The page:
Intensive and extensive farming are forms of farming that work on two very distinct and unique concepts, each bringing with it its set of advantages and disadvantages. In the following article, we will take you through a detailed explanation of both these forms and thereby bring out the difference between these two methods.
If you’re familiar with or at least know of certain concepts that are related to farming, you’ll know that there are several forms of the same. Farming is not a mere planting of seeds and the subsequent harvesting of the crop. It involves much more than that and has the workings of several complicated techniques at play. While there are varied techniques that are used for increasing the yield or the quality of the same, there are also several forms of farming like crop rotation or animal farming. Of these forms, extensive and intensive farming are two concepts that we will be studying about in the following article. The terms intensive and extensive farming might be similar sounding but they are definitely not the same concepts. A detailed explanation of these two concepts can be looked into in the sections that are to follow.
Difference Between Intensive and Extensive Farming
To understand the debate of intensive vs extensive farming, one has to first be familiar with both these concepts. Then that is what we shall be doing.
What it Entails?
Intensive farming is a form of farming that makes use of large amounts of fertilizers and machinery, as well as requires large labor and capital inputs for farming, in relation to the land that is being used for the same (small land). This form of farming is done for the purpose of one final goal and that is to bring about the maximum yield from a relatively smaller land. It is for this reason that intensive farming will make use of several external factors that will yield a large crop. This form of farming can also be used for farming animals – whereby a larger stock is bred on a smaller land.
Extensive farming is a form of farming that will make use of relatively low inputs of capital and labor in relation to the land that is being used for farming (it usually has a large farm). It does not make use of external factors like machinery and fertilizers, but will depend on the availability of water and the elements of nature to produce the yield. While it is ideal for rearing animals, it can also be used for growing crops which do not require very fertile soil.
A study of intensive vs extensive farming will produce several differences. The following is a brief account of these differences.
Intensive farming will require a smaller land for the production, but a profusion of other resources for the smaller land to produce more. This also acts as one of the advantages of intensive farming because it yields a larger crop.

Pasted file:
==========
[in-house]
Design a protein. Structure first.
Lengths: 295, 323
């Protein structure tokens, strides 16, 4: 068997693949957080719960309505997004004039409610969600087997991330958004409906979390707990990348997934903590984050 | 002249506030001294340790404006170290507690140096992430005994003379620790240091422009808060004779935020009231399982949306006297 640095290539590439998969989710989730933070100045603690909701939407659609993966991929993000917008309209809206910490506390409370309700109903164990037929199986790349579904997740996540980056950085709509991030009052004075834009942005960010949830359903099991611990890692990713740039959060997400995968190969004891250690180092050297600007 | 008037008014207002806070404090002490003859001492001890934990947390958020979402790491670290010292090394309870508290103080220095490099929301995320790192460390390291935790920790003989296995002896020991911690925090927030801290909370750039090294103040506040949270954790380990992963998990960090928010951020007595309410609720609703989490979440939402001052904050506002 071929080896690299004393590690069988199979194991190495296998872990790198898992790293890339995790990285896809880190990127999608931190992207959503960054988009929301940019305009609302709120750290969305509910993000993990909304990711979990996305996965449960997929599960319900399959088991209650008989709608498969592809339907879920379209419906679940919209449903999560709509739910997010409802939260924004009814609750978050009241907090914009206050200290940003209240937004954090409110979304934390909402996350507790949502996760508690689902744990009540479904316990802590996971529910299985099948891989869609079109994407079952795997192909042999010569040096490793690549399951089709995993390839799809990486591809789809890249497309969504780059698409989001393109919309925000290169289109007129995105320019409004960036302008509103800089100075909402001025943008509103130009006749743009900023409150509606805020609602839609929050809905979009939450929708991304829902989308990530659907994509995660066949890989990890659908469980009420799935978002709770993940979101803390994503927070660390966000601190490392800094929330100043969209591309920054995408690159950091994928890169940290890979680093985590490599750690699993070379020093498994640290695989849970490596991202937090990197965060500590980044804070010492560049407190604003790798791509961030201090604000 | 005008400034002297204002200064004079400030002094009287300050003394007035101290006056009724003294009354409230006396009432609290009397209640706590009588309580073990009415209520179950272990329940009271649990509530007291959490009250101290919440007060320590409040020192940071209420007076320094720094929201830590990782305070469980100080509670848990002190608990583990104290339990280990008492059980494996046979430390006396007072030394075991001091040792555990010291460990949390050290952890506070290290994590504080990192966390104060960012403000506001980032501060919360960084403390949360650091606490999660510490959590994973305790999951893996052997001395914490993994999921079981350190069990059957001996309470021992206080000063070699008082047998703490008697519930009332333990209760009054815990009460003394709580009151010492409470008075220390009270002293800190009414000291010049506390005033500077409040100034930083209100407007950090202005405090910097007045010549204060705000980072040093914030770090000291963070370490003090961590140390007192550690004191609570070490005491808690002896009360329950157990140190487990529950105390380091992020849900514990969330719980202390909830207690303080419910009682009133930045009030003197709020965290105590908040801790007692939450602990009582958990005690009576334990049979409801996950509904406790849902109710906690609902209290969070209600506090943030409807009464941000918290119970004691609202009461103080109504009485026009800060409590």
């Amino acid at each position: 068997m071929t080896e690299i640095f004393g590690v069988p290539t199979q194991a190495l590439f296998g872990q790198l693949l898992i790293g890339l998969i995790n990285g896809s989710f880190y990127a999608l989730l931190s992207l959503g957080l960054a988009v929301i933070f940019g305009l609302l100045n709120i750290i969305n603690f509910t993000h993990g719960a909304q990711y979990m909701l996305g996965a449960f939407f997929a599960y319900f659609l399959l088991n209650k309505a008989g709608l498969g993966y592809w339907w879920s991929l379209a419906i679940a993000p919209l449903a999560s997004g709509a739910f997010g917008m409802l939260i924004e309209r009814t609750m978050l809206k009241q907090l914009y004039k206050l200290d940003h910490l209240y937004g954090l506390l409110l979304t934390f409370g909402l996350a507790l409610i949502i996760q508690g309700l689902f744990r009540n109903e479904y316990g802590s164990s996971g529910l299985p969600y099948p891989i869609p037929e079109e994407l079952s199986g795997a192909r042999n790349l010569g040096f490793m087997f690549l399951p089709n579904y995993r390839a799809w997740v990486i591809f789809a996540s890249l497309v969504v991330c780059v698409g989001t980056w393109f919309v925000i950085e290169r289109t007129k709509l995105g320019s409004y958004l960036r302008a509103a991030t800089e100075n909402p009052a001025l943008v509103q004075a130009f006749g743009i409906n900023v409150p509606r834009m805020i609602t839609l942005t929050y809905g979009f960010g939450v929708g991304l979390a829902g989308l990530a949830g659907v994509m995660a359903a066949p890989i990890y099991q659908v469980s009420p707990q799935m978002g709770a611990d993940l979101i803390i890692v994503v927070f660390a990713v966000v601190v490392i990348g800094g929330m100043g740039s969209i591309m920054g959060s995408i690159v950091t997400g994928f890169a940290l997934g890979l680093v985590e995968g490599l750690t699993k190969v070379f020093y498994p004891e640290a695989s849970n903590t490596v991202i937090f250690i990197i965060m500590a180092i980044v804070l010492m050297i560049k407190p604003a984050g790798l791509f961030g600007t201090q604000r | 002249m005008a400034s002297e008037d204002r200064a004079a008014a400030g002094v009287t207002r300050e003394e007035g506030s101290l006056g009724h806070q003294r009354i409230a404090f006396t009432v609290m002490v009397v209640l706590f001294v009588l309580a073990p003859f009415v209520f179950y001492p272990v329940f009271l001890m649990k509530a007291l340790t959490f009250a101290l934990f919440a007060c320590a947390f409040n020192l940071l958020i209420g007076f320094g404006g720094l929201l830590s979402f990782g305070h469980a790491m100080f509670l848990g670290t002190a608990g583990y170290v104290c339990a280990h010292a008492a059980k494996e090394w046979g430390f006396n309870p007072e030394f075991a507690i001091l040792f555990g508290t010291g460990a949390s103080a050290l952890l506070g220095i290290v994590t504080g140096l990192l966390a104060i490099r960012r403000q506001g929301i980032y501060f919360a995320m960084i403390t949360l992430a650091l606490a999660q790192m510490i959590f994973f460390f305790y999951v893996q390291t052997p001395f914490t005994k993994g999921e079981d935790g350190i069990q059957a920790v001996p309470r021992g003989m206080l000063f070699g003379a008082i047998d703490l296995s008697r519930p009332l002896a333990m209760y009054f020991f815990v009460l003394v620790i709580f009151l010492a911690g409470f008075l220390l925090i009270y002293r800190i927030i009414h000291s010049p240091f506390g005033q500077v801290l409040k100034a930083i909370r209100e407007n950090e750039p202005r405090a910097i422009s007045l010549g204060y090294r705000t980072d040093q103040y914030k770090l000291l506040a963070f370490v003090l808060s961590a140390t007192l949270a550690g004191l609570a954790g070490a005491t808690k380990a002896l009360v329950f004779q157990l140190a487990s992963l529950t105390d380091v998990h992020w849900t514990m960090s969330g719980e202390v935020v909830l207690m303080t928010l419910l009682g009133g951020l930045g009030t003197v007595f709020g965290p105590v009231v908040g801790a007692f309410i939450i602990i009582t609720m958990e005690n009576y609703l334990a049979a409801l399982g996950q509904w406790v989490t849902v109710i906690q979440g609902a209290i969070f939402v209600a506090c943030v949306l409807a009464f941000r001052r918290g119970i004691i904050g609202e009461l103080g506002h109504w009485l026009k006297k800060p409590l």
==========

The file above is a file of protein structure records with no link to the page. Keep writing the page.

Extensive farming will require a larger land for production for it to yield a large crop. Since it does use external means like fertilizers, pesticides and machinery and neither is the capital or the labor input large, for it to cover the cost of the production, it needs a greater area for farming.
Intensive farming will generally be carried out in farms that are close to the market because the cost of transporting goods needs to be low. This is because the cost of labor, capital and other things is already very high.
Extensive farming is usually carried out in farms that are far away from the main markets, in areas where the population density is less and the land is not very fertile. This is because, for the crop to yield profit the size of the land has to be large. Large lands do not come cheap and therefore they are bought at far distances from the main markets to cut the cost.
3. Condition of Animals
Intensive farming may be used for animal farming, but the conditions in which the animals are reared are quite deplorable considering that the size of the land is smaller in relativity to the number of animals. The cost required to keep the animals healthy and disease-free is also very large.
Extensive farming is ideal for the farming of animals since the labor force required for rearing the animals will be lesser. Since the capital used for this form of farming is less, it works out well. Along with that, the conditions that the animals are kept in are much better and therefore, the livestock is healthier.
4. Effect on Prices
Intensive farming leads to lowering of the food prices because the crop that is produced is very large. The same farm can also be used to grow fiber and other resources which make it cost-effective as well as lower the price of products.
Extensive farming is generally used for only one type of farming and therefore, the cost of producing a second crop or a different crop will lead to higher prices.
5. Effect on Environment
Intensive farming has a negative effect on the environment because the pesticides and chemicals used run into the rivers and the air, as well as poison the land, such that it cannot be used to its maximum capacity.
Extensive farming does not make use of chemicals and pesticides and therefore, maintains the correct pH balance of the soil. Thus, it does not lead to the negative effect on the environment either.
Intensive farming and extensive farming have their own set of advantages and disadvantages, as we have seen. Farmers will choose the kind of method to use depending on varied factors like the choice of crop, the capital and more. Here’s hoping that you now know what these forms of farming are and how they differ from each other.